Yet, hope springs eternal.
With the N63's unique duality — two identical DMEs, each governing a bank of cylinders — there's an opportunity. A quick swap, post a cleanup act, was all it took to confirm our suspicions. Alas, the DME had sung its last note.
It was time for an encore, but with a brand-new star.
In Their Own Words: BMW's Official Stance on the N63 Dilemma
Ah, the illustrious service bulletins — the official scrolls from the automotive gods. It's the company's way of saying, "We heard you, we see the issue, and here's our take."
So, what does BMW have to say about our dear N63's muted performance? Let's unravel the mysteries of their official directive.
In a revised service bulletin, dated July 2016, titled "N63R Map Thermostat Faults", BMW acknowledges the issue, and here's a distilled rundown:
Our beloved 'Service Engine Soon' light might shine bright with an array of fault codes, ranging from a clamped thermostat to short circuits and even alarming messages like "Engine too hot! Drive gently." The most severe of symptoms? A complete radio silence from the DME, akin to a maestro turning his back to the orchestra.
It seems the N63's map thermostat is a tad leaky, letting coolant slip past its electrical connector. It's like a secret passage for coolant, leading straight to the heart of the engine's electronics.
BMW's approach? If it's contaminated, replace it. Simple as that. Here's a step-by-step:
- Inspect the Map Thermostat: If there's coolant present in the engine wiring sensor harness for cylinders 1-4, the map sensor thermostat and the sensor harness need replacing.
- Investigate the DME: If there's no coolant at the DME's harness connector, then all's well. If there is, the journey continues.
- Deep Dive into the DME and PDM: If any of these connectors show signs of contamination, it's time to ring up the big guns at the TC DME group for parts replacement approval.
Oh, and a word to the wise: when getting a new thermostat, ensure it's of the improved version with an index number of "05" or later. Anything less, and you're back to square one.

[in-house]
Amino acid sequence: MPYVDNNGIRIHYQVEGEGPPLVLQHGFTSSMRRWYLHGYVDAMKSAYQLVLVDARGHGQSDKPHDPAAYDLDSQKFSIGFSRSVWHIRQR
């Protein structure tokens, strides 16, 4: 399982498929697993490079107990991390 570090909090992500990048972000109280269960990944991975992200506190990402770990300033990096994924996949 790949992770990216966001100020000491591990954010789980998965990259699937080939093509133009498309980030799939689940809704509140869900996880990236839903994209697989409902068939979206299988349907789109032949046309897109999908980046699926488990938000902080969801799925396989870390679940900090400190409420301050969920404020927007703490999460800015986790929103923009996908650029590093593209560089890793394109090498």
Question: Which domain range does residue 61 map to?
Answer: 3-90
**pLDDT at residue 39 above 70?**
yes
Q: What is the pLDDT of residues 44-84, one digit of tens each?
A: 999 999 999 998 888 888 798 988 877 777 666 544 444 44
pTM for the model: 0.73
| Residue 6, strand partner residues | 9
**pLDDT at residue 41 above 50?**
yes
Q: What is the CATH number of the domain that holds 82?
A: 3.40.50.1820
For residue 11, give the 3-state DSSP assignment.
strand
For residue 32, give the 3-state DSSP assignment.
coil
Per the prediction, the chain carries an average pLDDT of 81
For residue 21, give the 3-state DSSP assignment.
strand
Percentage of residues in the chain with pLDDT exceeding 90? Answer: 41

BMW graciously covers this under their New Vehicle Limited Warranty for Passenger Cars and Light Trucks or the BMW Certified Pre-Owned Program. And for those intrigued by the nitty-gritty, there are specific labor operations, part numbers, and even procedures for potential overlapping labor.
In essence, BMW's acknowledgment and the accompanying action plan serve as a testament to their commitment to their machines and the people who adore them. The maestro may have momentarily turned his back, but the symphony goes on!
Rising from the Ashes: Resurrecting the 750i
Ah, the grand return to our protagonist, the pristine white 750i. It's like returning to a riveting book, eager to see how our hero fares after facing adversity. So, where did our journey with the 750i lead us?
Diving deep into the digital realm of ISTA, the diagnosis was clear. Our Bimmer needed a heart transplant (or in automotive terms, a new DME module), a new PDM module (that's the power distribution module for the uninitiated), and a revamped engine wiring for cylinders 1-4.
But as with any epic saga, there were surprises along the way.